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Customer reviews

4.7 out of 5 stars
90


on 21 October 2017
I didn't want to put it down. This is a fascinating book written by a very brave young men. He tells it how it is. You will read of thrills, excitement, wild behaviour in the mess, pain, stress and the tragic, frequent loss of friends and colleagues. This book made me both laugh and cry. Such young men gave so much and David Crook wrote about it from his viewpoint. Its a great story.
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on 10 October 2017
Very good
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on 18 October 2014
It's a good read. It's published from the late-author's diary and covers his life up to shortly after the war.
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on 12 March 2017
Good read and informative of a pilots account of one of the key airbattles in ww2 which changed the war
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on 9 May 2016
Enjoyed reading David Crooks personal account of his flying at the start of WW2. I would recommend this to anyone.
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on 18 June 2009
David Crook's "Spitfire Pilot" has deservedly been republished so that a new generation of readers can enjoy his fine memoir. This is an engaging read and Crook's likeable personality is apparent throughout. "Spitfire Pilot" is a great look at the life of a Battle of Britain pilot, with expert descriptions of the exhilaration and terror of air combat, the sadness of loss, and all aspects of life of an active fighter pilot at this pivotal point of British history. A great read and one which will be enjoyed by aviation enthusiasts and the curious alike.
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on 4 July 2017
good read
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on 16 August 2014
I came across a second-hand copy of the original wartime edition many years ago, and treasured it.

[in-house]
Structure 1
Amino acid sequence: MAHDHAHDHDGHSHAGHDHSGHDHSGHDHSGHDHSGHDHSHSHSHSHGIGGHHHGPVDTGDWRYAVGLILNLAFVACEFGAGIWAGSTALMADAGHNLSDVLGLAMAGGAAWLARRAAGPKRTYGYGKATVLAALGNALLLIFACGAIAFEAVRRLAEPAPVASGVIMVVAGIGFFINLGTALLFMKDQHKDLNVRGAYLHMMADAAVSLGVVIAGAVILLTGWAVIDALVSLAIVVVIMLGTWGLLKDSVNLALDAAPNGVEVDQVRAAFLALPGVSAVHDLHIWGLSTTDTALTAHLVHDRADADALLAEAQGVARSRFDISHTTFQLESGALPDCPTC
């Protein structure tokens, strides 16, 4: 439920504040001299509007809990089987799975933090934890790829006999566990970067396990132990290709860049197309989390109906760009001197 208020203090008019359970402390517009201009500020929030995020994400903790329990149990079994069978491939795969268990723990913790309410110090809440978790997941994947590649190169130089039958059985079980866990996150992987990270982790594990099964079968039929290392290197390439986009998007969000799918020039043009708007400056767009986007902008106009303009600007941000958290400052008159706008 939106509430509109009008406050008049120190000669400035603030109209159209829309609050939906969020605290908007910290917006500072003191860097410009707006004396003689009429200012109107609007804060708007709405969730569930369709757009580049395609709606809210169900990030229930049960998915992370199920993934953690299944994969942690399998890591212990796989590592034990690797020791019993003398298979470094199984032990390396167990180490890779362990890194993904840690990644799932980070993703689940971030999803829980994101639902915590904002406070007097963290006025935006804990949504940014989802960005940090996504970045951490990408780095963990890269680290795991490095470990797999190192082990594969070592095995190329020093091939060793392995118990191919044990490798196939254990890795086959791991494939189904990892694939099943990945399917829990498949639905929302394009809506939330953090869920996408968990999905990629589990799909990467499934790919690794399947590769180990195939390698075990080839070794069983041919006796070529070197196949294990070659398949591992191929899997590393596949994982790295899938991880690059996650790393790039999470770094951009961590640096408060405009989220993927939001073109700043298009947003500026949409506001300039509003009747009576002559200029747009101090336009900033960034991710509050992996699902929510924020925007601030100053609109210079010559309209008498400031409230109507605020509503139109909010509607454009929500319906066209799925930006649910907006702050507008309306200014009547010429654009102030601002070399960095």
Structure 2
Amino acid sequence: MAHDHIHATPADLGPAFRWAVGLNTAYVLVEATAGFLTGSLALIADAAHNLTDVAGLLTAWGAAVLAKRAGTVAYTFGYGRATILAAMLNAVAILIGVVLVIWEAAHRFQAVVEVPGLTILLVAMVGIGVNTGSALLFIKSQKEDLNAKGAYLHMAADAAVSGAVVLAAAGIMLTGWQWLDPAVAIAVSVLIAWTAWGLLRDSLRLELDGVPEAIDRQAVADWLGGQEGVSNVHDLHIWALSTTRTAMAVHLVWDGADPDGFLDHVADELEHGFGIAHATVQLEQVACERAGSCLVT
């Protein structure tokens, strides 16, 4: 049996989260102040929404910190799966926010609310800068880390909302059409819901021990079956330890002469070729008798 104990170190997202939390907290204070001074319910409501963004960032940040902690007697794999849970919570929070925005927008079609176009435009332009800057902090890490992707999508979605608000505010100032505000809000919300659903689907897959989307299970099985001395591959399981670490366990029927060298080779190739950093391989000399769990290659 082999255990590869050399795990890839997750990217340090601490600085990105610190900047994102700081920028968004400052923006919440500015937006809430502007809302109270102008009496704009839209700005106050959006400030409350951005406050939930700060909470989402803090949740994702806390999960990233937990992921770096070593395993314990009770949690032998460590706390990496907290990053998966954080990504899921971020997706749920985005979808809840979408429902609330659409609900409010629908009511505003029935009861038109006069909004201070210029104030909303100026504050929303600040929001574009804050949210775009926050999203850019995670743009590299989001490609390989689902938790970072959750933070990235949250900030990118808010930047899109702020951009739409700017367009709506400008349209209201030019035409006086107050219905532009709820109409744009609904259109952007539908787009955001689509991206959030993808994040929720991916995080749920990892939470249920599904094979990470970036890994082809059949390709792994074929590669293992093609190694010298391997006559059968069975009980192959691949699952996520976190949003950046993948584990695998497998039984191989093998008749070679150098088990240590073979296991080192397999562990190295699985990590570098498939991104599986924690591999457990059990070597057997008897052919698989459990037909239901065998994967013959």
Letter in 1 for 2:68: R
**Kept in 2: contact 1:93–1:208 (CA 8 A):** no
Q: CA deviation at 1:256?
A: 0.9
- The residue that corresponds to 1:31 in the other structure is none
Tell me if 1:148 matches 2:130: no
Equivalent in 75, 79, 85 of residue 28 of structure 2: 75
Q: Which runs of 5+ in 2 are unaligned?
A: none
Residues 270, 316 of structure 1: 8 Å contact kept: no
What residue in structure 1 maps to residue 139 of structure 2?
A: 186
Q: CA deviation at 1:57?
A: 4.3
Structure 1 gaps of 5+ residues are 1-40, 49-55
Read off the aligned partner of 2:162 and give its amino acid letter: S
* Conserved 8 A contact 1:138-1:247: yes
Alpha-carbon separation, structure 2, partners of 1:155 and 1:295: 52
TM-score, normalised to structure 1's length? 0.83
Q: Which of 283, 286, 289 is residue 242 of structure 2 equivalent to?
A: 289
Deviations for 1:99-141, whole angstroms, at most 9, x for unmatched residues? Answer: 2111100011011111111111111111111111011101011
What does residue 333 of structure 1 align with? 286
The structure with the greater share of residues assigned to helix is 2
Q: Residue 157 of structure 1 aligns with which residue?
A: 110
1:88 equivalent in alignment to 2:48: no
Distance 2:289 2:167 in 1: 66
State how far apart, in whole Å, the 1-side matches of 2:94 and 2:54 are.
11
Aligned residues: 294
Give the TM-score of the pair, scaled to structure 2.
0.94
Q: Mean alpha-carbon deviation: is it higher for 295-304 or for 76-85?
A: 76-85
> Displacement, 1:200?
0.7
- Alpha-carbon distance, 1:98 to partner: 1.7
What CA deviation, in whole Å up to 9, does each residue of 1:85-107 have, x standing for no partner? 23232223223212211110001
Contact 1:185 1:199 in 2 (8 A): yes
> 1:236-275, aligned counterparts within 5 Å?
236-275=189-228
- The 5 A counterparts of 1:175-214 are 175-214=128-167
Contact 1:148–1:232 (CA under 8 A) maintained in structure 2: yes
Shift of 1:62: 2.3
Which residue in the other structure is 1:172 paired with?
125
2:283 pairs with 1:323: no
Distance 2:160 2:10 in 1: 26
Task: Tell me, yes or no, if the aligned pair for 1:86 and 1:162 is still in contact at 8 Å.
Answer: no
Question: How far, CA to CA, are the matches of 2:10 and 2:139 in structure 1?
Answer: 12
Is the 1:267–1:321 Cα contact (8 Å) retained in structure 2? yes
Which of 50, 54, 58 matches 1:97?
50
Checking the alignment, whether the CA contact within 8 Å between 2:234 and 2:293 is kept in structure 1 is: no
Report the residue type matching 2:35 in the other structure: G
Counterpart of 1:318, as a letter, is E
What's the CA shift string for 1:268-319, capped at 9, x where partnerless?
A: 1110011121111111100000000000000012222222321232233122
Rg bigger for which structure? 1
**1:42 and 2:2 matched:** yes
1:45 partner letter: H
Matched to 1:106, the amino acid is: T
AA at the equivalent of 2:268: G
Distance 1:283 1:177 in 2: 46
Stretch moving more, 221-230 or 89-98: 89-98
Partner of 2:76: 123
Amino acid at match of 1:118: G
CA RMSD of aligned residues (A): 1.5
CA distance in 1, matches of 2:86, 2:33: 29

As other reviewers have briefly noted, this is a clear account of some of the fighting during the Battle of Britain by one of the Few.
As far as I am aware, David Crook was later killed in action.
What the other reviewers do not mention is that this book was a companion volume to others in a series that were specially commissioned during World War II.
I believe that some experienced service men were given special leave, while assigned the task of writing about their combat experiences.
Leonard Cheshire was taken off flying duties after completing a tour of operations flying Armstrong-Whitworth Whitley twin-engine bombers, and another tour flying Handley-Page Halifax four-engine bombers.
He wrote "Bomber Pilot".
His tail-gunner was also set the task of writing, and the result was "Tail Gunner".
(Later, of course, Cheshire commanded the famous 617 Squadron known as "The Dam Busters", and later still was an observer at the bombing of Nagasaki, and became a major charity worker.)
Similarly, Guy Gibson, after the success of the Dam Busting raid with 671 Squadron, was taken of active duties and wrote "Enemy Coast Ahead", which outlined his experiences leading up to the Dams raid, Operation Chastise.
Also, Ginger Lacey wrote "Hurricane Pilot".
(On his own initiative, rather than as an official assignment, Richard Hillary wrote "The Last Enemy", his story of his university days, experiences as a Spitfire pilot in the Battle of Britain, and the consequences of plastic surgery after being shot down in a burning plane.)
These authors are the prose counterpart to Official War Artists, and give personal insight into the Official Histories.
John Gough - Deakin University (retired) - jagough49@gmail.com
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on 27 March 2009
By the time of his death in action later in the war, David Crook was credited with 12 confirmed victories. His book is evocative of the immediate period of the Battle of Britain. Not one of the better-known aces or Wing Leaders, Crook's book reads as a diary, though how he had the time or energy to do so at the time beggars belief. Basically it is the story 'from the cockpit' and reads all the better for it. I commend it to all serious students of the Battle of Britain.
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on 7 August 2010
I have read many accounts of Spitfire contribution to the war effort and have followed the history of the plane for many years (I am 83). This account is alive and written from a different perspective that is interesting and takes you to the battle zones. There are times when you feel you are in the cockpit as you read this diary.

Great piece of work and should be compulsory reading to all schoolchildren
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